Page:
by: Patrick A. Randolph, Jr.
Professor of Law
UMKC School of Law
When I came across the little (and probably wrong) case reported first below, I decided to seize the opportunity to provoke the list to talk about recent issues concerning satellite dishes. Therefore, I reached back into some of the old volumes of Reports (they're still for sale, you know) and came up with earlier discussions of satellite dish issues.
I know that the Community Associations Institute has been doing some things with the FCC, as well as possibly in other arenas. Perhaps some other association folks or others are familiar with developments in this area.
SERVITUDES; USE RESTRICTIONS; REMEDIES; STATUTE OF LIMITATIONS: Action to enforce subdivision restriction prohibiting use of satellite dishes is not subject to a two year statute of limitations on "size, height, cost or location" of buildings or other improvements because neighbor's demand that it be removed does not relate to dishes' "size, height, cost or location.". Northridge Association of St. Joseph, Inc. V. Welsh, No. Wd 51054 (June 11, 1996) (1996 Wl 309496 (Mo. App. W.D.)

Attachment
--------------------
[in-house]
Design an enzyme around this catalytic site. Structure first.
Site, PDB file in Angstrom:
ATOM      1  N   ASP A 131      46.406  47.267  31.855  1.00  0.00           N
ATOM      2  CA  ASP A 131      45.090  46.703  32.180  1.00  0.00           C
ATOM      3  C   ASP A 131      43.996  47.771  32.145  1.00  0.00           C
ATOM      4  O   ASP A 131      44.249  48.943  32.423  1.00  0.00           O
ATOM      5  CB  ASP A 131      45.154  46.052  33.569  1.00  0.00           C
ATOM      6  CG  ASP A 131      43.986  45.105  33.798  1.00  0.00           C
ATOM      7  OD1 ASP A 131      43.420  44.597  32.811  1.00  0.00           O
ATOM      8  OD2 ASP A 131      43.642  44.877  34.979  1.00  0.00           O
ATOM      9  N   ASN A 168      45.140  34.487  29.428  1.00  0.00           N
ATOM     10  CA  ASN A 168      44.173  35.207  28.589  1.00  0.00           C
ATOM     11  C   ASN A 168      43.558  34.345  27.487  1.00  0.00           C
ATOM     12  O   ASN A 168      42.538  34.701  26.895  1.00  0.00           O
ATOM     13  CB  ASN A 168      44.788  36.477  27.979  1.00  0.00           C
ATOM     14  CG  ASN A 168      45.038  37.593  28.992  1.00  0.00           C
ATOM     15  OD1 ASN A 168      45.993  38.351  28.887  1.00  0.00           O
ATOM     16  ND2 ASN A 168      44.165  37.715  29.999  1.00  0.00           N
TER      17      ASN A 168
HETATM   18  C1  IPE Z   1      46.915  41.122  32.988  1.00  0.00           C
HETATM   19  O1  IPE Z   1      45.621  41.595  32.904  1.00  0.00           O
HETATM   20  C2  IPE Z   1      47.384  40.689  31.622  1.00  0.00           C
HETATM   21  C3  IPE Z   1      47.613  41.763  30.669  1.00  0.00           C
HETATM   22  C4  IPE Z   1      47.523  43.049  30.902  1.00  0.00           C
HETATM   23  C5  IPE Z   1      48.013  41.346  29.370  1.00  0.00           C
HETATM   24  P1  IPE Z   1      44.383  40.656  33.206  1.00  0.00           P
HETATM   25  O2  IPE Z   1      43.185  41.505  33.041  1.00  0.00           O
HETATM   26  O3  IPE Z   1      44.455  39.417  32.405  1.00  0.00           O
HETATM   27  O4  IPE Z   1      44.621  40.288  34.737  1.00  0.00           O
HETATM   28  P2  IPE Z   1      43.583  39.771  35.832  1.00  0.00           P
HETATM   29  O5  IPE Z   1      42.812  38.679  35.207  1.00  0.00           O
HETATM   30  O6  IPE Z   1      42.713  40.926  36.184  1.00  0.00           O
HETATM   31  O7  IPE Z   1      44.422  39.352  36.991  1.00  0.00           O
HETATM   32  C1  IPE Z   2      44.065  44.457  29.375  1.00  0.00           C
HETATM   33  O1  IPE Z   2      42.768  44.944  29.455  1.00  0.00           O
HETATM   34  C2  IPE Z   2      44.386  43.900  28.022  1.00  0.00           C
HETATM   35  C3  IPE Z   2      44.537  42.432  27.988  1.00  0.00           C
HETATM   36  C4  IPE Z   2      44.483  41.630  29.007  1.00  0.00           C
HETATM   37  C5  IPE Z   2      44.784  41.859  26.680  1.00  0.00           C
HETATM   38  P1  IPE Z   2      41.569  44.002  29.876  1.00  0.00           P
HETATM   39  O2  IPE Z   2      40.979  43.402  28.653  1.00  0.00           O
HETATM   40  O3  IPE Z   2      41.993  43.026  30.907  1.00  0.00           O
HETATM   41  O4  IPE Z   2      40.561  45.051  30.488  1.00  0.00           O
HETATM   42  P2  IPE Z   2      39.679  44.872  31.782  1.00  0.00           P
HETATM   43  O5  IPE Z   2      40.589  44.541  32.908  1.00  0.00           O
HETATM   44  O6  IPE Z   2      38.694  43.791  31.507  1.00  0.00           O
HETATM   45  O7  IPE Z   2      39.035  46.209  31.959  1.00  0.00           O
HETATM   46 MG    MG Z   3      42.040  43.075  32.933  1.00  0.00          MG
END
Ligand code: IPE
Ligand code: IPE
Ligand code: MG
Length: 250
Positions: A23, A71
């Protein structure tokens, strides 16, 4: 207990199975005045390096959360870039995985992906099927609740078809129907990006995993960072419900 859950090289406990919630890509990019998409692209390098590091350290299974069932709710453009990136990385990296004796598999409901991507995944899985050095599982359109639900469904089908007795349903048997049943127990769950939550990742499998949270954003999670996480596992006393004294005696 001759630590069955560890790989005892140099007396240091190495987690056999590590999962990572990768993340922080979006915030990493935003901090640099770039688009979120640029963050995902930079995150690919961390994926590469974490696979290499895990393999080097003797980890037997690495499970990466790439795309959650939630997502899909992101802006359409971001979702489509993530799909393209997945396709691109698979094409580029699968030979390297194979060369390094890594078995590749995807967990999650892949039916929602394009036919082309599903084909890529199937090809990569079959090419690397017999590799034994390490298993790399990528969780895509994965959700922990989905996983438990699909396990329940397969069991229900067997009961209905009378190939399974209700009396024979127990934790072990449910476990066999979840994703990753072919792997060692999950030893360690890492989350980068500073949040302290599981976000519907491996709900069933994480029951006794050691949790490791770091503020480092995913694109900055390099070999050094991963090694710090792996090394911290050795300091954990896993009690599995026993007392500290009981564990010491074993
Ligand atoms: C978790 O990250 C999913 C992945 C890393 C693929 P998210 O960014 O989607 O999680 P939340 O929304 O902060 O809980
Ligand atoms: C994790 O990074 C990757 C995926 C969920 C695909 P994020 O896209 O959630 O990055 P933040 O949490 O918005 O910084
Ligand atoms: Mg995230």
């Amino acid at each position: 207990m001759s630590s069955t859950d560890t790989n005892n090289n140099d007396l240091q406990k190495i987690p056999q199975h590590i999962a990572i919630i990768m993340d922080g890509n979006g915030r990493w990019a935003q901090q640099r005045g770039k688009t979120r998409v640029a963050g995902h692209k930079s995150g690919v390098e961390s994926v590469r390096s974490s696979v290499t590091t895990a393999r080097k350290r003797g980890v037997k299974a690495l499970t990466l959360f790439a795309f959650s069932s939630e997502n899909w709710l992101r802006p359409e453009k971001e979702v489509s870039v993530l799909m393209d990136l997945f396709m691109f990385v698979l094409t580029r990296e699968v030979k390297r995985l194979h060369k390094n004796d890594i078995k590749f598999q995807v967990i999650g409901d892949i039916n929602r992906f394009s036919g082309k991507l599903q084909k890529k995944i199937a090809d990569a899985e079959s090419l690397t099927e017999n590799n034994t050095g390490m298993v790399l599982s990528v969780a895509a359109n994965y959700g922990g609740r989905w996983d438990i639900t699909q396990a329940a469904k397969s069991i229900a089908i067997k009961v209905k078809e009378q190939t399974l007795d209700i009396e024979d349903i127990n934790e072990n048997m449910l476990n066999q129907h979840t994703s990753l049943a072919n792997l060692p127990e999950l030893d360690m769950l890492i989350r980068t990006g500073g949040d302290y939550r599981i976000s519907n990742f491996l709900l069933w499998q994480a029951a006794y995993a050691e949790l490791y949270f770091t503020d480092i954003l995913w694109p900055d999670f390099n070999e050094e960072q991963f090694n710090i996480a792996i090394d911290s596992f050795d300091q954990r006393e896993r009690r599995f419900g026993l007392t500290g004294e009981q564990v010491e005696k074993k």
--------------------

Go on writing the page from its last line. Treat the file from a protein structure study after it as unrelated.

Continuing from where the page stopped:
Although the case does not give the language of the covenant at issue, surely it was breached only when a satellite dish was located in a visible fashion on a subdivision owner's property. For instance, there likely would have been no violation if the dish were dissassembled in a box in a garage. It is not a bomb - it is an eyesore. Consequently, the dispute necessarily had to do with the "location" of the dish, and it is astonishing that the court could conclude otherwise.
See, also, discussion of this case under the heading: "Words and Phrases; `Buildings.'"